■ Just a few of the camera’s buttons you can control with
CHDK. Scripts allow you to automate the pressing of the
buttons you would normally use to set up your camera.
The set_zoom command changes the camera’s zoom
setting. Cameras zoom in steps (not in analog like manual
cameras) and the amount of zoom is specified by the
variable n. Depending on the camera, it can have 9, 15, or
129 zoom steps. Related to setting zoom in absolute
terms, the zoom can be adjusted from its current setting
with the following command:
This is a relative setting where x can be a positive or
negative number. The value of x is added to the current
zoom setting to move it in or out. A camera’s desired
zoom setting can be dependent on the camera’s current
zoom setting. To get the current zoom setting, use the
The current setting of the camera’s zoom is loaded
into the variable x. The value in the variable x can be
evaluated and acted upon with an if-then statement.
Related to the shoot command is the shoot_half
command. This command is equivalent to pressing the
shutter button only half way. Doing so refocuses the
camera and is necessary after zooming the lens since
cameras don’t refocus themselves after zooming. For a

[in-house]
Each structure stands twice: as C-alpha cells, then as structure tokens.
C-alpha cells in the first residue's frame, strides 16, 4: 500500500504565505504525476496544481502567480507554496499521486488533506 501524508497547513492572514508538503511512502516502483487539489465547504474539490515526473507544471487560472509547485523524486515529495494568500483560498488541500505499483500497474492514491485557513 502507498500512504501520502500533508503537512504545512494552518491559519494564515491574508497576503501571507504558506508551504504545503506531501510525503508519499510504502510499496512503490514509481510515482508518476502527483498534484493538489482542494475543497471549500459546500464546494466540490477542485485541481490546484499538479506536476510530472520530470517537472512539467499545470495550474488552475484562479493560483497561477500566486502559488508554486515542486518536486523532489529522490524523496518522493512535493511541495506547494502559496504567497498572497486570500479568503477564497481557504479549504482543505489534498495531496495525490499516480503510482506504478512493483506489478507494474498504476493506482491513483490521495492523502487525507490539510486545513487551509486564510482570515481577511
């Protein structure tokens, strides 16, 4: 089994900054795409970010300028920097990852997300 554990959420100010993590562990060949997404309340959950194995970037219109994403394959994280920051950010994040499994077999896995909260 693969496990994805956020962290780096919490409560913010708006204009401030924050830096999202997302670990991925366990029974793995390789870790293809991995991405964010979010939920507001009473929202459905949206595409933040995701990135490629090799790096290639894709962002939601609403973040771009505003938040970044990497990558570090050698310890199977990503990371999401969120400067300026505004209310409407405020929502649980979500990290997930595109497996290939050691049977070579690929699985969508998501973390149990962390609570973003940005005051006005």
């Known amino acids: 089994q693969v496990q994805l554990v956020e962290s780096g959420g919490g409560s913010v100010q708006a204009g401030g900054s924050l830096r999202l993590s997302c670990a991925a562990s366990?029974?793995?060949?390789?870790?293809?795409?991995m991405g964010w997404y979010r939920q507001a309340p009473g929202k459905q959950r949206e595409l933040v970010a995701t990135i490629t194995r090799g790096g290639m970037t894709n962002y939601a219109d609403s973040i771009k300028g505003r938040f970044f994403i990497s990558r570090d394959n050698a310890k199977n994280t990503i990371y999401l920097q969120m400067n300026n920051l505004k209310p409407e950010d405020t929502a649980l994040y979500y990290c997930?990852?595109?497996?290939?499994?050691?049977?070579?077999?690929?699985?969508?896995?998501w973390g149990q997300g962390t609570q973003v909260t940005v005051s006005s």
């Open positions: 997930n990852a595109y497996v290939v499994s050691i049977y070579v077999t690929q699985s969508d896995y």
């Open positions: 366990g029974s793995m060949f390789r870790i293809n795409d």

near space mission, I might use a camera at a minimum
zoom setting to get a context picture of the ground and
then take a second picture at a higher zoom. Cool, isn’t it?
The print command displays text on the camera’s
LCD screen. For example, a script would use print
“picture” n to display the word “picture” followed by the
number stored in variable n. The following script snip
takes a picture, increments the number of pictures taken,
and displays the results on the camera’s LCD screen. It’s
useful for determining how successful a near space
mission was upon recovery, but before you get a chance
to extract the SD card.
print “picture” n
This command powers off the camera. It’s used at the
end of a camera’s sequence of actions to shut the camera
Scripts can get pretty complex. For example, a camera
can monitor a part of its field of view and when a change
occurs within that field, the camera can take a picture.
This allows people to use Canons to record wild life and
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